The main finding of the study is that pretreatment with18.75 mg venlafaxine 3 h before infusion, significantlyenhanced the GH response to infusion of L-TRP com-pared with placebo. There was no significant effect ofparoxetine compared with placebo and no significant ef-fect of either drug on prolactin responses.
The GH response to L-TRP has been shown to be at- 1991). Although pindolol has β-antagonistic properties Fig. 2 Effect of pretreatment with paroxetine or venlafaxine or
in dynamic tests of noradrenergic function (Aellig 1976), placebo on prolactin response to IV infusion of L-TRP. Prolactin propranolol, a β-antagonist which has a much lower af- levels (mIU/l) are plotted as mean±SEM against time. The dura- tion of the infusion is indicated by bold arrows. ▼ Venlafaxine, increases rather than decreases the GH response to L-TRP (Upadhyaya et al. 1990). This suggests that theeffect of pindolol in inhibiting the GH response to L-TRPis not mediated via β-adrenoceptor blockade but proba- 227; t=1.75; df=1,9; P=0.123; 95% CI –1681–250) (see Table 2 ). ANOVA showed no effect of drug on mean sponse was not attenuated by the non-selective 5-HT an- baseline values (F=0.29; df=2,14; P=0.653).
tagonist metergoline (McCance et al. 1987). The expla-nation for this may lie in a relative lack of effective an-tagonism of 5-HT been demonstrated in functional studies in animals(Koenig et al. 1987). These findings therefore support a ANOVA showed no significant effects of drug or signifi- cant drug by time interaction, but a significant effect of time (Fig. 2, Table 1). There was no effect of drug on There is evidence that the PRL response to L-TRP in- AUCs (F=2.02; df=2,16; P=0.172) and post-hoc compar- fusion may have a dopaminergic component (van Praag ison of AUCs showed no significant differences between et al. 1987). Pindolol causes markedly less attenuation of the conditions (see Table 2 for mean values). There was the PRL response than the GH response to L-TRP (Smith no effect of drug on mean baseline values (F=0.66; et al. 1991). L-TRP competes with tyramine for transport across the blood-brain barrier (Wurtman 1982) and mayreduce dopamine synthesis by reducing brain tyramine.
This is supported by evidence that an intravenous infu- sion of 5 g L-TRP causes a reduction in post probenecidcerebrospinal fluid (CSF) concentrations of the dopa- ANOVA showed a significant effect of time but no drug mine metabolite homovanillic acid (HVA) (van Praag et effect or drug by time interaction (see Table 1). There al. 1987). The PRL response to L-TRP may therefore be was no effect of drug on AUCs (F=0.36; df=2,16; mediated in part by a reduction in dopamine synthesis, P=0.625) and post-hoc comparison of AUCs showed no which releases PRL secretion from tonic inhibition by significant difference between the three conditions (see Venlafaxine is a potent serotonin reuptake inhibitor faxine is unlikely to be a major factor at the dose em- and a noradrenaline reuptake inhibitor. The active metab- ployed. It has been suggested that venlafaxine may pro- olite O-desmethyl-venlafaxine (ODV) has similar prop- duce an earlier onset of clinical response than other anti- erties and both are weak dopamine reuptake inhibitors.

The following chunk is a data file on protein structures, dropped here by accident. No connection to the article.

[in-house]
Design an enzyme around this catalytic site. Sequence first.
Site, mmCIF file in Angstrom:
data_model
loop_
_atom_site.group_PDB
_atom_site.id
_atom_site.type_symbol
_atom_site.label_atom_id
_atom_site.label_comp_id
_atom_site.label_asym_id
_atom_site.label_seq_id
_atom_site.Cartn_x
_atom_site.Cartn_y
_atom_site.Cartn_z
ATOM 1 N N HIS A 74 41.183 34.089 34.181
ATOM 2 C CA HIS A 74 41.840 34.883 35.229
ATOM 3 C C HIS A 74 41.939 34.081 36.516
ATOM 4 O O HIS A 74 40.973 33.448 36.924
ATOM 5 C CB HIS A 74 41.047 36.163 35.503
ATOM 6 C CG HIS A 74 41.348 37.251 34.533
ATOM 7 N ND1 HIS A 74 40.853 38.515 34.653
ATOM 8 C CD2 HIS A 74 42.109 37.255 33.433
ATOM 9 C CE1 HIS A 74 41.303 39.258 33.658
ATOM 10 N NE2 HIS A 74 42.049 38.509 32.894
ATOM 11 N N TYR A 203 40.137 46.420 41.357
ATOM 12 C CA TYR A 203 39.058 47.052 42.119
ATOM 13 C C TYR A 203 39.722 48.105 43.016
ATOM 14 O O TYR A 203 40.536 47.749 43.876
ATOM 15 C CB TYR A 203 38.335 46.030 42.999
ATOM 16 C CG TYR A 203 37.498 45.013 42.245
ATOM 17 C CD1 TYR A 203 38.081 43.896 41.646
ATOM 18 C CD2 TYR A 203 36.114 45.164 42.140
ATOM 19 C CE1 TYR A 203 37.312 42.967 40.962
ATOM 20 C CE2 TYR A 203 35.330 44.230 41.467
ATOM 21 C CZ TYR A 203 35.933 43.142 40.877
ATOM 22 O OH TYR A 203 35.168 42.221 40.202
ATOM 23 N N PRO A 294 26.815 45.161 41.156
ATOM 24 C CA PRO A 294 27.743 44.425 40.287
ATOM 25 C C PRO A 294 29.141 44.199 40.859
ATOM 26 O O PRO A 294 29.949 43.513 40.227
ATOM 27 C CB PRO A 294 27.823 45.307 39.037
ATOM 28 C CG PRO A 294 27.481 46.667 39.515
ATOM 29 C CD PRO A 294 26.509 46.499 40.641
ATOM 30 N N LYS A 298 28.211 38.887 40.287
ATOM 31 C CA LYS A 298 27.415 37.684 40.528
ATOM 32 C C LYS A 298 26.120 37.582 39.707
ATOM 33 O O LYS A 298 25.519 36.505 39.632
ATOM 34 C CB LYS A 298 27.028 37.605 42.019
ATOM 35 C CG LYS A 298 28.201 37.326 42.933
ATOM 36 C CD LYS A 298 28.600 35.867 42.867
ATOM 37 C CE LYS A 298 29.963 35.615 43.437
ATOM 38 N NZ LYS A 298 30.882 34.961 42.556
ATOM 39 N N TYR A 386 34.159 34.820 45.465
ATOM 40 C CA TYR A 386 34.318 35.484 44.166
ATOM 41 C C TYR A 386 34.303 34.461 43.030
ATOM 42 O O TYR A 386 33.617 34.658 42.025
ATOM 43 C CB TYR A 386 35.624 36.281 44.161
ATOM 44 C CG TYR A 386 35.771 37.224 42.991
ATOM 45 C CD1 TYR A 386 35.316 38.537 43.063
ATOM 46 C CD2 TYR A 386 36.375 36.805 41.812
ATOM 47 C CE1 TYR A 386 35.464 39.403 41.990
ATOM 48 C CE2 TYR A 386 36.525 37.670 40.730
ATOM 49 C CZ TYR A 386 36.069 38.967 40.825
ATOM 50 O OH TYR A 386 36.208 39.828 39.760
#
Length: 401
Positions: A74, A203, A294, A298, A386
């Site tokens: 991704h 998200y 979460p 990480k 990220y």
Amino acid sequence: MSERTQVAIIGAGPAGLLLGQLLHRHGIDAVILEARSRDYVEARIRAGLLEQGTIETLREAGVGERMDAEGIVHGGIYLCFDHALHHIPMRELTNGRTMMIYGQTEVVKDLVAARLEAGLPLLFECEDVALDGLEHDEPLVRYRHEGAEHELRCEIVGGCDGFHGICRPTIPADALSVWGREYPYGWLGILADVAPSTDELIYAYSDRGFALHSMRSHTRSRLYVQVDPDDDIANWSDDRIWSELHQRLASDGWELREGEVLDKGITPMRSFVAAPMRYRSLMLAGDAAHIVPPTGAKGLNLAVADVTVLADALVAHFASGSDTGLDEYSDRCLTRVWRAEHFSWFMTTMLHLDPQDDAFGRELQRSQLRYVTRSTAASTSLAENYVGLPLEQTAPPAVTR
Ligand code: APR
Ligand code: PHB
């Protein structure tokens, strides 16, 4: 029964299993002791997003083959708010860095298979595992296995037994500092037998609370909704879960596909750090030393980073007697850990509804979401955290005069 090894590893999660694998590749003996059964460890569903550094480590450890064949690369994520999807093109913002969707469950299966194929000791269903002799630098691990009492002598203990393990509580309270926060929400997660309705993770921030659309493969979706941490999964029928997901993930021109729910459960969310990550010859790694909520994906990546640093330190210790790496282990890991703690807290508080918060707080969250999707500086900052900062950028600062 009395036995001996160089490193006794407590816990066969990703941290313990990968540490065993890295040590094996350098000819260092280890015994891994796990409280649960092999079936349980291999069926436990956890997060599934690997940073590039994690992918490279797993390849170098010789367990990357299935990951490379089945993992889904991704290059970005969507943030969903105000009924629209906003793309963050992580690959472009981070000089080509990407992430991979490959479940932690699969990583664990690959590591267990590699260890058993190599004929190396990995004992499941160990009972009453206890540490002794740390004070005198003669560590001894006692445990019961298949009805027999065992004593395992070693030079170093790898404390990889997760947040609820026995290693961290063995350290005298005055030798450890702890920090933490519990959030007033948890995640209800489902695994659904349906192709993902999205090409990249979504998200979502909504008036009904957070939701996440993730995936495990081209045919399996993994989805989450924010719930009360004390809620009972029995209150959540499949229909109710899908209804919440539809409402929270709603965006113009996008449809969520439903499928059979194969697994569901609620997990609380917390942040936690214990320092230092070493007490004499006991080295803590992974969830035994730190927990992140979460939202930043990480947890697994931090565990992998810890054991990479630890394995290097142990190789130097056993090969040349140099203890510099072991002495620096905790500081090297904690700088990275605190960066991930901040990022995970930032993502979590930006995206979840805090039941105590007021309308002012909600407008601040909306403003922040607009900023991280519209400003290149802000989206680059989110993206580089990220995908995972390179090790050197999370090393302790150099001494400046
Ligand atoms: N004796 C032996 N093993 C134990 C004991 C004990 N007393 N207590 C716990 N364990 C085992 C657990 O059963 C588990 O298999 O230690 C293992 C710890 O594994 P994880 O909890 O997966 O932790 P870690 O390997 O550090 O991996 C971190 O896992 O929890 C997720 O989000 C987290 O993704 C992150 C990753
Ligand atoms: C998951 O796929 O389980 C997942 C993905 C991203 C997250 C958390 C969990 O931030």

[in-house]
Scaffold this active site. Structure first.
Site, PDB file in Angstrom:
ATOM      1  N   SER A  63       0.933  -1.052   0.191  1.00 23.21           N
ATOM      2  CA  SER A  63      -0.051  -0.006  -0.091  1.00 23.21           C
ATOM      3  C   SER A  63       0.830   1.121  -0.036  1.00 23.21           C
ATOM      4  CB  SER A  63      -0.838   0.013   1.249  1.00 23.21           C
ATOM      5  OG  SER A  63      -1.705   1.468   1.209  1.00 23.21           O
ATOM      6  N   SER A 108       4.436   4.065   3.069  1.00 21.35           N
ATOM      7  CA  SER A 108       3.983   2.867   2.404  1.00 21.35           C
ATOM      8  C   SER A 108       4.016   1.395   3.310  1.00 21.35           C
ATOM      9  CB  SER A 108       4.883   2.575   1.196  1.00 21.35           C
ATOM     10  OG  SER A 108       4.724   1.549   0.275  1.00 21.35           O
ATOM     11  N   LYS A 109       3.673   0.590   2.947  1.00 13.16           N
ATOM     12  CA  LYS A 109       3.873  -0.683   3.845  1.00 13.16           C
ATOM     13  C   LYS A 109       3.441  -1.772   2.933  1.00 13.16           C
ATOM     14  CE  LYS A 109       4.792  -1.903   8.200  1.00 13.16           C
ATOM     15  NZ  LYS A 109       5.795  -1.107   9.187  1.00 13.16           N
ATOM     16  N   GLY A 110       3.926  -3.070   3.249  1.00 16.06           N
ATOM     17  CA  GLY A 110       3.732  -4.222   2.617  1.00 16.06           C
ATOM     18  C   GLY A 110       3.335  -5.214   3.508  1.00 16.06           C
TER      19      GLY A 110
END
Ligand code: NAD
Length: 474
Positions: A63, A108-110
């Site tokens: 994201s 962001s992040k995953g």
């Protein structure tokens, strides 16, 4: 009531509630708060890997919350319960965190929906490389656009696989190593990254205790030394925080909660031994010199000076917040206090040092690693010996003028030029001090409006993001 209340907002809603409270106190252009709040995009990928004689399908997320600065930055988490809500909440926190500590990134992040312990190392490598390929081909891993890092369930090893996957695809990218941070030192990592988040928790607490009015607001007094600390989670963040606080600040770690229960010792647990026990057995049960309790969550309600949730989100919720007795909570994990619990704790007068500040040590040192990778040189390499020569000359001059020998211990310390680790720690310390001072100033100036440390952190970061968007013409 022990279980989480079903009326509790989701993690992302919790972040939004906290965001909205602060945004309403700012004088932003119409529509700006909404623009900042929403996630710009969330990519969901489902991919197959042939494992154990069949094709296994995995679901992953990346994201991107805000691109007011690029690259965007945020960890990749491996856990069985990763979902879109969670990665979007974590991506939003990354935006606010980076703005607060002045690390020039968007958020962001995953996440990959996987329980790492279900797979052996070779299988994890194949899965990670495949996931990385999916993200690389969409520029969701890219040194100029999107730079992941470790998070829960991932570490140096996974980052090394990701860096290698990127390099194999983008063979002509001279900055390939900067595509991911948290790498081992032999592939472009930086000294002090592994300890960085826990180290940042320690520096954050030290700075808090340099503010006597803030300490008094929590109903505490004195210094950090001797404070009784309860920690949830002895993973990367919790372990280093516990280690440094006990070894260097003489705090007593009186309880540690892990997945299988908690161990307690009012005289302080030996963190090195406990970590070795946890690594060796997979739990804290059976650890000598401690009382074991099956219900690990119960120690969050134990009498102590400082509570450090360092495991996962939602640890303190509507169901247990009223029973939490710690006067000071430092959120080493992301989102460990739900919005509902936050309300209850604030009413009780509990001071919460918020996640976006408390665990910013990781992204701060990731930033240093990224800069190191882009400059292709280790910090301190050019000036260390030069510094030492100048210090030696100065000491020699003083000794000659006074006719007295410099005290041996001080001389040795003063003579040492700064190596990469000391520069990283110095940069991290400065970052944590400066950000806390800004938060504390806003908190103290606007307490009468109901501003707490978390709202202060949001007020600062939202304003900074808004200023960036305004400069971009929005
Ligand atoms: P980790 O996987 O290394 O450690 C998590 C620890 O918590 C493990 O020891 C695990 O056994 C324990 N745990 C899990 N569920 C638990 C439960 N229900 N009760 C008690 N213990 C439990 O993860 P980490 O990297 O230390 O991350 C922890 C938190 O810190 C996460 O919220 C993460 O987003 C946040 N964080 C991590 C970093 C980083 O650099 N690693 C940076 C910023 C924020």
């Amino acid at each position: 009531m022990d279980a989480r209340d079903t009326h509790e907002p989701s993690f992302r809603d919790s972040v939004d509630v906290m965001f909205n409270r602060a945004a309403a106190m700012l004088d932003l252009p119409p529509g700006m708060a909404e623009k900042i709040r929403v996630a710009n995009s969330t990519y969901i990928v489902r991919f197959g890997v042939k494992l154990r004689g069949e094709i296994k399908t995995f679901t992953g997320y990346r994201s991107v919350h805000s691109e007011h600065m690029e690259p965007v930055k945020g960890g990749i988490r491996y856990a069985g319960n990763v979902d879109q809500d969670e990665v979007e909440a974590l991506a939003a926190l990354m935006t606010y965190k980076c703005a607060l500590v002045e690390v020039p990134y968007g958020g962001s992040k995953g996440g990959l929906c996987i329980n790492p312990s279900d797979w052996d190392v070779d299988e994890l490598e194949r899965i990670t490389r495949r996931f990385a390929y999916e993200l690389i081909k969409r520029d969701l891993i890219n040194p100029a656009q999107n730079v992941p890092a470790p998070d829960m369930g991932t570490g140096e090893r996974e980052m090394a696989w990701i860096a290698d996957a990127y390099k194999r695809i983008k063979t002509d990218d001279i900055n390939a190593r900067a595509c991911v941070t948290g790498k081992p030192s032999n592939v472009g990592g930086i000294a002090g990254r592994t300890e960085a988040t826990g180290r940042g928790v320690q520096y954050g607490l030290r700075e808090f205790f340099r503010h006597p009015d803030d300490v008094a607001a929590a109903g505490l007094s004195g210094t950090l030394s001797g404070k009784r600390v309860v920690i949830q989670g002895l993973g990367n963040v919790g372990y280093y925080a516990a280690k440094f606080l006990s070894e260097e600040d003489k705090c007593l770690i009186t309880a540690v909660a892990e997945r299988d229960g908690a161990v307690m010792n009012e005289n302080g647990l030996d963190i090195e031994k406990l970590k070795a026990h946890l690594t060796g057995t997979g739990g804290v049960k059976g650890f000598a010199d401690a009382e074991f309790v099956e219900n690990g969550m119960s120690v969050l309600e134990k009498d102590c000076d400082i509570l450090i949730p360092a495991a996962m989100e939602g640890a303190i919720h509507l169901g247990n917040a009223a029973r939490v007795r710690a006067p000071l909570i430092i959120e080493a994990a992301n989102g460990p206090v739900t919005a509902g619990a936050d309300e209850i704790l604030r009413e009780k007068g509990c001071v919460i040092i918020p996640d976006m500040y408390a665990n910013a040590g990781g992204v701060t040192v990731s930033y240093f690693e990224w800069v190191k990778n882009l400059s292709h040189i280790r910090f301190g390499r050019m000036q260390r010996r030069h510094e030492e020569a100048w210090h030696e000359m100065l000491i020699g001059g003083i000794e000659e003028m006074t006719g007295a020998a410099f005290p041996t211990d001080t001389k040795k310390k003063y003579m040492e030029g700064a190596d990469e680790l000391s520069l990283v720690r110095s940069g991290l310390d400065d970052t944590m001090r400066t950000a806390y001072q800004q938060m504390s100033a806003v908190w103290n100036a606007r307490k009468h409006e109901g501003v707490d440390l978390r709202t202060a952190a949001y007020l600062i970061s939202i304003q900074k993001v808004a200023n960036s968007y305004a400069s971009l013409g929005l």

depressants (Montgomery 1995) and that this may relate (Muth et al. 1991). The time to maximum concentration to early downregulation of βb adrenoceptors (Moyer et of venlafaxine is approximately 2 h and for ODV ap- al. 1992). However, more recent research suggests that proximately 4 h (Morton et al. 1995). At 3 h (the time early β-adrenoceptor downregulation may only occur in between administration and infusion in this study) the the pineal gland, which lacks serotonergic innervation, concentrations of each could therefore be expected to be and that generally venlafaxine does not produce this ef- nearly maximal. Preliminary reports in humans suggest fect (Nalepa et al. 1998). While venlafaxine is a potent that at lower doses of venlafaxine (75 mg/day), there is serotonin re-uptake inhibitor in vivo (Beique et al.
little effect on noradrenergic reuptake (Debonnel et al.